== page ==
The only thing more immoral than dry a smoked pork shoulder is a dry smoked pork butt.
Believe it or not, resting pork shoulder is one of the most crucial steps of the smoking process.
Failing to let pork butt rest is one of the primary reasons it becomes dry.
This is why you need to know how long to let pork butt rest.
Why Should I Let Pork Butt Rest?
Letting your pork butt rest will give the pork’s juices time to reabsorb into the met.
If you slice the pork as soon as it comes off your offset smoker, the juices will spill out onto your butcher block instead of remaining in the meat.
Why Is My Pork Butt Dry?
Besides not allowing it to rest, there are multiple reasons why pork butt can be dry.
For example, high temperatures or failing to wrap the meat could result in dry pork.
Smoking pork butt in your electric smoker at blazing hot temperatures is a recipe for disaster.
Cooking the pork at high temperatures will drawall of the meat’s moisture to the surface of the meat resulting in dry pork.
You should set your propane gas smoker to a temperature between 220°F- 250°F.
If you cook your pork butt at 300°F, you run the risk of drying out your meat.
Not Wrapping the Meat
It is crucial to wrap your pork with heavy-duty aluminum foil during the second leg of the smoking process.
Wrapping the pork butt helps it retain moisture by creating a steaming chamber and braising it.
Water pans are an excellent way to add moisture to your offset smoker.
The water will help you control the smoker’s ambient temperature as well as prevent it from becoming too hot.
Although this method is a great way to infuse moisture into the meat, there is one drawback.
The water pan could also make it difficult for your smoker to maintain a stable temperature.
If you are having difficulty maintaining a temperature, it is best to remove the water pan.
How To Rest Pork Butt
Remove it from your smoker once your pork butt reaches an internal temperature of 195°F to 200°F, remove it from your smoker.
Measure the pork’s temperature with a separate smoker thermometer or an infrared thermometer.
Open the foil and let the pork butt sit for 5 minutes so the steam can escape. This is called venting the pork butt.
Venting the pork shoulder limit the amount of carryover cooking that occurs.
When you remove the pork butt from the smoker, it will continue to cook. That is why it is called carryover cooking.
Since the pork will continue cooking, it is best to remove it once it has a temperature of 195°F. This will account for carryover cooking.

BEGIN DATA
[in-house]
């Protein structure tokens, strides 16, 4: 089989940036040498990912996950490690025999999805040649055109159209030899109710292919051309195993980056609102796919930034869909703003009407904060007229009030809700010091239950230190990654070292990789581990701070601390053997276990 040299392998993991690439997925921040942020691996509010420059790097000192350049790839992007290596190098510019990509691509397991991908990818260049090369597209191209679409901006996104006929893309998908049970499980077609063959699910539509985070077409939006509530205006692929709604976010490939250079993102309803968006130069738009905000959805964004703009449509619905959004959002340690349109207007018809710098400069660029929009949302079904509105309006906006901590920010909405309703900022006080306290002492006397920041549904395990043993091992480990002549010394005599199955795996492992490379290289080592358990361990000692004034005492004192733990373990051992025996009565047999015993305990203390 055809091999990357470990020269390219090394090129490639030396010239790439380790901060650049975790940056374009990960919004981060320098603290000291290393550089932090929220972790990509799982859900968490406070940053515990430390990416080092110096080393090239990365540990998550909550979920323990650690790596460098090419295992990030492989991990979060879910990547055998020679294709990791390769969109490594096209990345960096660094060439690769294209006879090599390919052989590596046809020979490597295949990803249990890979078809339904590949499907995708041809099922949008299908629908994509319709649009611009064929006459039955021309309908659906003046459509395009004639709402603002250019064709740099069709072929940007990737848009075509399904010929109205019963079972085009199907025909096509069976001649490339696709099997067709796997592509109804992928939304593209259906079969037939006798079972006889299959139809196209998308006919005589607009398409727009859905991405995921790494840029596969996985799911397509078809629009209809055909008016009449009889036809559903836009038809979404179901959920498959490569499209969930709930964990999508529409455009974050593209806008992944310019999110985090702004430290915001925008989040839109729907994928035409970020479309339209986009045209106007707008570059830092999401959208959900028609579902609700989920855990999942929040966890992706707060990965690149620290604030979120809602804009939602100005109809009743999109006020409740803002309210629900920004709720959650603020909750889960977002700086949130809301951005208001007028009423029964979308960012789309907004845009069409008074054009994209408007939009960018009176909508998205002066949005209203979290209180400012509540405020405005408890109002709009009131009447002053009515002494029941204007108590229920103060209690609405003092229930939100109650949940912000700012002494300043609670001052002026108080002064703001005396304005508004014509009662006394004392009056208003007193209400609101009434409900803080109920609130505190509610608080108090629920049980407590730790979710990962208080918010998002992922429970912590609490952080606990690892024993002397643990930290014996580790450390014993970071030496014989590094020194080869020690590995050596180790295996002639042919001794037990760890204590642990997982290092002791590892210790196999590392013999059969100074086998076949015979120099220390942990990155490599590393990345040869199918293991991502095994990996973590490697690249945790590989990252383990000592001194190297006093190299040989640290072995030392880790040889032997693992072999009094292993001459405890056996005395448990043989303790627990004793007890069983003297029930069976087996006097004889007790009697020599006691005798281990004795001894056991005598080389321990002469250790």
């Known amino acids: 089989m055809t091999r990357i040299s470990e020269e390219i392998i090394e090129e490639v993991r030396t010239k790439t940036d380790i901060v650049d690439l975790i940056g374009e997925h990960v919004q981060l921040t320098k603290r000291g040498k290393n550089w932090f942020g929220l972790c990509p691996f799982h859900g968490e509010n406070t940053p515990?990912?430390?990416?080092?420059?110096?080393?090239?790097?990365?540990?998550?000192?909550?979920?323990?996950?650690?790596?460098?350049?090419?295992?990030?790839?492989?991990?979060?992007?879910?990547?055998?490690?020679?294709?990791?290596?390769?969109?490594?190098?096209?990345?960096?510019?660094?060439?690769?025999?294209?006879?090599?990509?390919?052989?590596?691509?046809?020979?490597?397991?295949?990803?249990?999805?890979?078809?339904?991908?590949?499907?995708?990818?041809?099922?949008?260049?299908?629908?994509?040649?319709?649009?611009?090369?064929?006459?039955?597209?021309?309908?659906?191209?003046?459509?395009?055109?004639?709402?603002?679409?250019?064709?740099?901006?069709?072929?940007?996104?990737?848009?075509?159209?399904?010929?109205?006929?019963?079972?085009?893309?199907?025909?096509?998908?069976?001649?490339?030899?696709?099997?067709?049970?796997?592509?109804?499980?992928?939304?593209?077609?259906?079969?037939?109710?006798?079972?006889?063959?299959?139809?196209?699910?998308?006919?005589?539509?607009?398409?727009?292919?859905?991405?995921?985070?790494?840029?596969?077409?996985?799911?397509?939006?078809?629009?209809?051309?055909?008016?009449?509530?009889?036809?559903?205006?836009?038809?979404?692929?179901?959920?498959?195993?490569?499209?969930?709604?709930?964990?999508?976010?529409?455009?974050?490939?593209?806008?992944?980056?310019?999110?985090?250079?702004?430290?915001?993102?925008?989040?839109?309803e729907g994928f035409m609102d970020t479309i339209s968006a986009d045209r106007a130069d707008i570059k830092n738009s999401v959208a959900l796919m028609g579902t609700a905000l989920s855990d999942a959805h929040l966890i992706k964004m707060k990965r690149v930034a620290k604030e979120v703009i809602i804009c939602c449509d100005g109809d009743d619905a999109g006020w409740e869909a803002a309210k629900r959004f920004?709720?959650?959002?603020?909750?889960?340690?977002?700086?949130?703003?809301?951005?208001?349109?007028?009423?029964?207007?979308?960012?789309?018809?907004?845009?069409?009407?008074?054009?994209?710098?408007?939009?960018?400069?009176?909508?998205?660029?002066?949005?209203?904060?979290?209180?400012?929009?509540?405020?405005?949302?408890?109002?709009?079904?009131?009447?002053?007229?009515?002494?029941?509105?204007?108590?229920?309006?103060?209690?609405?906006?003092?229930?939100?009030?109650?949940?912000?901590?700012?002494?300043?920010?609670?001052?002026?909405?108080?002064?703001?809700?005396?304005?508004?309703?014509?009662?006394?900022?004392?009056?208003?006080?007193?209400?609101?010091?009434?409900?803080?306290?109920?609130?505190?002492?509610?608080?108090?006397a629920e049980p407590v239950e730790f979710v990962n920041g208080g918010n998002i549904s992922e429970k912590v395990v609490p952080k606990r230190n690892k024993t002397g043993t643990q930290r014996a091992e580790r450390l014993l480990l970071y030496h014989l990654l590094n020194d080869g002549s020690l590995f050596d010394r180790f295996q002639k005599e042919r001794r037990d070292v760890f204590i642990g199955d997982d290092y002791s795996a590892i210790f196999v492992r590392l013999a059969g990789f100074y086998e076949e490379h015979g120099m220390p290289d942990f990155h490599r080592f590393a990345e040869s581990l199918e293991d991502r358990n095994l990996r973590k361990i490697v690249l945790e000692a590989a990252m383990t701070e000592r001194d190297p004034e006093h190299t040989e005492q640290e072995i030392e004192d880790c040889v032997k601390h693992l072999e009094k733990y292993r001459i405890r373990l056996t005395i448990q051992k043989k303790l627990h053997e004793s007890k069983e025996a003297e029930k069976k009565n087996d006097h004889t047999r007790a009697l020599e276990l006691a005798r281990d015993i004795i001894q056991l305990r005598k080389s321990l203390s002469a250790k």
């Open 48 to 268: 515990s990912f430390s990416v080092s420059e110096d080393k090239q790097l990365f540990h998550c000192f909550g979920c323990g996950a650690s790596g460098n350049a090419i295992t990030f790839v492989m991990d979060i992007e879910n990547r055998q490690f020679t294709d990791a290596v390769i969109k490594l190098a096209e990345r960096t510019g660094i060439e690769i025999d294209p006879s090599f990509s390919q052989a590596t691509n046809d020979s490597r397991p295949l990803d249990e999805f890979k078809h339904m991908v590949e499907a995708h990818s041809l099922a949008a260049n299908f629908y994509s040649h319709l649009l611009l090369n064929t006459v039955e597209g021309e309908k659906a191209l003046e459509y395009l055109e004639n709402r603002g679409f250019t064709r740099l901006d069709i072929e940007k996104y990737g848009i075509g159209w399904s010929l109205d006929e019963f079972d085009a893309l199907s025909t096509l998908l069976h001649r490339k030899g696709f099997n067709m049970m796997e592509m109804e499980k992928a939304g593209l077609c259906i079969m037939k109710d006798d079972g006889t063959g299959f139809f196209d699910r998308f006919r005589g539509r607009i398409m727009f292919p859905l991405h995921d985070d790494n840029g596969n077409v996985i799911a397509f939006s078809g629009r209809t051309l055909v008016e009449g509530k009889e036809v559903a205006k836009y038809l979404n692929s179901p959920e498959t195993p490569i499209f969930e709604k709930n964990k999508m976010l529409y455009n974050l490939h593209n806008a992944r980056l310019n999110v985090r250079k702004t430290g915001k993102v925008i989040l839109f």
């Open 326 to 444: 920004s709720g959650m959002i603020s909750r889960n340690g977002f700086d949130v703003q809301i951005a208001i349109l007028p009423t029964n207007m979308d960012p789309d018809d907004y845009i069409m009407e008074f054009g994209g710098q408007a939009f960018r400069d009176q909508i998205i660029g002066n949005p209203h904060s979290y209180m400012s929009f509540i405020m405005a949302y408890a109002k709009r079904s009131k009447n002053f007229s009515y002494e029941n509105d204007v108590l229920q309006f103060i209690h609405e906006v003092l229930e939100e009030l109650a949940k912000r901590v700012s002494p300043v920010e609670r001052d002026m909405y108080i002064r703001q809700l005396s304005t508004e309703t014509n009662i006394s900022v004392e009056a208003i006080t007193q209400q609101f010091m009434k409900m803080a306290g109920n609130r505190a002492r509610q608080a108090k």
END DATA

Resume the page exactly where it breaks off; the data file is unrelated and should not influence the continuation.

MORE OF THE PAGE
Leave the pork butt in the foil, so it does not create too much of a mess.
Next, wrap your pork butt with a clean kitchen towel and place it into a dry cooler.
Alternatively, you can also let the pork butt rest on your countertop for an hour.
However, it’s best to place the pork butt into a dry cooler.
Not only is placing the pork in a dry cooler the best way to rest pork, but it will also give you flexibility.
The cooler will keep the pork butt hot for 4 hours, and the juices will have the chance to reabsorb into the meat.
This means that you can cook the pork shoulder in advance and keep it warm until your guests arrive.
Once your guests arrive and you are ready to serve the pork butt, slice it and shred it. The pork butt will still be warm and juicy.
Cut or shred as much pork butt as you need.
Do not slice or shed the entire pork butt. If you slice the entire pork butt, it will dry out.
How Long To Let Pork Butt Rest
You cannot let pork butt rest forever, or it will go cold, and no one likes cold pork butt.
It is best to let the pork rest for 1 hour before you intend to carve it or shred it.
Yes, I know allowing pork butt to rest for an hour can seem like forever, but you must let it rest.
It’s best to consider resting time when you intend to smoke butt.
Typically, pork butt will take 2 hours per pound when it is smoked at 220°F.
Therefore you should factor in another 1-2 hours for resting the pork butt.
If you are preparing the pork butt in advance, factor in 4 hours of resting time.
For example, if you are smoking an 8-pound pork butt, it will take 16 hours to cook.
The resting time will take about 18 hours from start to finish to smoke your pork butt.
If you want to decrease the smoking time of pork butt by a few hours, you can smoke the meat at 250°F.
The pork butt will take less time to cook, and the meat will be tender and juicy.
What Is the Maximum Amount of Time I Can Rest My Pork Butt
The pork butt’s size, the type of insulation the cooler has, and how much tin foil you use can affect the resting time.
Ideally, you should keep your pork butt in the dry cooler for 4 hours.
However, you can get away with 5 hours, depending on the aforementioned factors.
Resting your pork shoulder is an essential step. If you cut into the pork butt the right way, you will end up with a dry pork butt.
No one likes dry pork, so save yourself the trouble and rest your pork butt.
Now that you know how long to rest pork butt, no longer will you be subjected to dry or cold pork.
Remember to vent your pork before placing it in the dry cooler, or it will continue to cook and dry out.
You might also be interested in the following:
- How Long To Let Meat Rest
- How Long To Let Steak Rest Before Cooking
- How Long To Let Steak Rest After Cooking
- How Long To Let Turkey Rest
- How Long To Let Ribs Rest
- How Long To Let Chicken Rest
- How Long To Let Brisket Rest
- How Long To Let Pork Shoulder Rest
I have been smoking and grilling meat from an early age and enjoy sharing my knowledge and expertise through the hundreds of articles I have written about BBQ. I hope to make everyone’s BBQ journey that little bit easier.